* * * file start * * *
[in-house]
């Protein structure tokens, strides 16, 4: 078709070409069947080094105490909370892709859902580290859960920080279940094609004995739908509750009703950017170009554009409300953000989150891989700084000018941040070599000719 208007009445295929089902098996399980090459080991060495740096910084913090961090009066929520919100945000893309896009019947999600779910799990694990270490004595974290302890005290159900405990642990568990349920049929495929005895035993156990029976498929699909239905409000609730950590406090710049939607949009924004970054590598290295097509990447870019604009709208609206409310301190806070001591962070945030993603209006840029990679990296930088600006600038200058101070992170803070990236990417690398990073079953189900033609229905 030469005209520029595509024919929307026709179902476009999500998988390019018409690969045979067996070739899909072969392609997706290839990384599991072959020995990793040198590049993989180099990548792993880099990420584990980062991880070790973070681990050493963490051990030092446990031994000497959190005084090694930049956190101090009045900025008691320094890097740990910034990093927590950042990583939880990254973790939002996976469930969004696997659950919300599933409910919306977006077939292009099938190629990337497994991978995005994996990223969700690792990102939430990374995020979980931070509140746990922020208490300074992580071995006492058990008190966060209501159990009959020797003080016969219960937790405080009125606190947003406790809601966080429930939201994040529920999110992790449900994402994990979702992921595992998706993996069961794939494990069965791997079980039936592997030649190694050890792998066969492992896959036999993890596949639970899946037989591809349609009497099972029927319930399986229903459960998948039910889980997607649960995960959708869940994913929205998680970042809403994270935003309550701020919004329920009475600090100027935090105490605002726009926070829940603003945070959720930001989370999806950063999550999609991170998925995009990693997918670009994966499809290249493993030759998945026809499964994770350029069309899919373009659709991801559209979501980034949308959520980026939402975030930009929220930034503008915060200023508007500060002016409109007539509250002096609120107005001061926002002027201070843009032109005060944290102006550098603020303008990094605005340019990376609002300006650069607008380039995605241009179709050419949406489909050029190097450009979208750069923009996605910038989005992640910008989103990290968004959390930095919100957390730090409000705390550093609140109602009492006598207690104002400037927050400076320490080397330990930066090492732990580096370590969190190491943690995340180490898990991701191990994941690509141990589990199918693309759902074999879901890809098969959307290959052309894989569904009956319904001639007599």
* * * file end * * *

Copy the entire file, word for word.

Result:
[in-house]
């Protein structure tokens, strides 16, 4: 078709070409069947080094105490909370892709859902580290859960920080279940094609004995739908509750009703950017170009554009409300953000989150891989700084000018941040070599000719 208007009445295929089902098996399980090459080991060495740096910084913090961090009066929520919100945000893309896009019947999600779910799990694990270490004595974290302890005290159900405990642990568990349920049929495929005895035993156990029976498929699909239905409000609730950590406090710049939607949009924004970054590598290295097509990447870019604009709208609206409310301190806070001591962070945030993603209006840029990679990296930088600006600038200058101070992170803070990236990417690398990073079953189900033609229905 030469005209520029595509024919929307026709179902476009999500998988390019018409690969045979067996070739899909072969392609997706290839990384599991072959020995990793040198590049993989180099990548792993880099990420584990980062991880070790973070681990050493963490051990030092446990031994000497959190005084090694930049956190101090009045900025008691320094890097740990910034990093927590950042990583939880990254973790939002996976469930969004696997659950919300599933409910919306977006077939292009099938190629990337497994991978995005994996990223969700690792990102939430990374995020979980931070509140746990922020208490300074992580071995006492058990008190966060209501159990009959020797003080016969219960937790405080009125606190947003406790809601966080429930939201994040529920999110992790449900994402994990979702992921595992998706993996069961794939494990069965791997079980039936592997030649190694050890792998066969492992896959036999993890596949639970899946037989591809349609009497099972029927319930399986229903459960998948039910889980997607649960995960959708869940994913929205998680970042809403994270935003309550701020919004329920009475600090100027935090105490605002726009926070829940603003945070959720930001989370999806950063999550999609991170998925995009990693997918670009994966499809290249493993030759998945026809499964994770350029069309899919373009659709991801559209979501980034949308959520980026939402975030930009929220930034503008915060200023508007500060002016409109007539509250002096609120107005001061926002002027201070843009032109005060944290102006550098603020303008990094605005340019990376609002300006650069607008380039995605241009179709050419949406489909050029190097450009979208750069923009996605910038989005992640910008989103990290968004959390930095919100957390730090409000705390550093609140109602009492006598207690104002400037927050400076320490080397330990930066090492732990580096370590969190190491943690995340180490898990991701191990994941690509141990589990199918693309759902074999879901890809098969959307290959052309894989569904009956319904001639007599």